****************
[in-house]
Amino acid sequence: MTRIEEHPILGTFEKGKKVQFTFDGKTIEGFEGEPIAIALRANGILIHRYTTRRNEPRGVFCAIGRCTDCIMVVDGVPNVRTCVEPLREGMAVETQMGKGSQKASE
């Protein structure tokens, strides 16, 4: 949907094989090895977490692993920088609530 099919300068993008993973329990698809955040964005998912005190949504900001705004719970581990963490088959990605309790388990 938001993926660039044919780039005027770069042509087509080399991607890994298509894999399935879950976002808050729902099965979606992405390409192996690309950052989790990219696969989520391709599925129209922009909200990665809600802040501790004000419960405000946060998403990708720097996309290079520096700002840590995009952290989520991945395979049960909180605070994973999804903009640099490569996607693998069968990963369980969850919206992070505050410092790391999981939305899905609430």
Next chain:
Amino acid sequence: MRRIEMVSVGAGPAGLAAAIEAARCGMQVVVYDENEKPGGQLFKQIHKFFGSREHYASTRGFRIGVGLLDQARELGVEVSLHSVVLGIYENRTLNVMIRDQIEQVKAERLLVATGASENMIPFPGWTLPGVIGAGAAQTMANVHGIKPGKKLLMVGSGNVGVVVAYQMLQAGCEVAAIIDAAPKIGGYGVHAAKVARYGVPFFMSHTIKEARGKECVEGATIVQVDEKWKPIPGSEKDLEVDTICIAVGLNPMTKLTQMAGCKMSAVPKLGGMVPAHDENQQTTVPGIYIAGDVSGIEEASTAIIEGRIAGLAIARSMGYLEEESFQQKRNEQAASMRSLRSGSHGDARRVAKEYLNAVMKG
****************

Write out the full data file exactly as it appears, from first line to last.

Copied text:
[in-house]
Amino acid sequence: MTRIEEHPILGTFEKGKKVQFTFDGKTIEGFEGEPIAIALRANGILIHRYTTRRNEPRGVFCAIGRCTDCIMVVDGVPNVRTCVEPLREGMAVETQMGKGSQKASE
């Protein structure tokens, strides 16, 4: 949907094989090895977490692993920088609530 099919300068993008993973329990698809955040964005998912005190949504900001705004719970581990963490088959990605309790388990 938001993926660039044919780039005027770069042509087509080399991607890994298509894999399935879950976002808050729902099965979606992405390409192996690309950052989790990219696969989520391709599925129209922009909200990665809600802040501790004000419960405000946060998403990708720097996309290079520096700002840590995009952290989520991945395979049960909180605070994973999804903009640099490569996607693998069968990963369980969850919206992070505050410092790391999981939305899905609430």
Next chain:
Amino acid sequence: MRRIEMVSVGAGPAGLAAAIEAARCGMQVVVYDENEKPGGQLFKQIHKFFGSREHYASTRGFRIGVGLLDQARELGVEVSLHSVVLGIYENRTLNVMIRDQIEQVKAERLLVATGASENMIPFPGWTLPGVIGAGAAQTMANVHGIKPGKKLLMVGSGNVGVVVAYQMLQAGCEVAAIIDAAPKIGGYGVHAAKVARYGVPFFMSHTIKEARGKECVEGATIVQVDEKWKPIPGSEKDLEVDTICIAVGLNPMTKLTQMAGCKMSAVPKLGGMVPAHDENQQTTVPGIYIAGDVSGIEEASTAIIEGRIAGLAIARSMGYLEEESFQQKRNEQAASMRSLRSGSHGDARRVAKEYLNAVMKG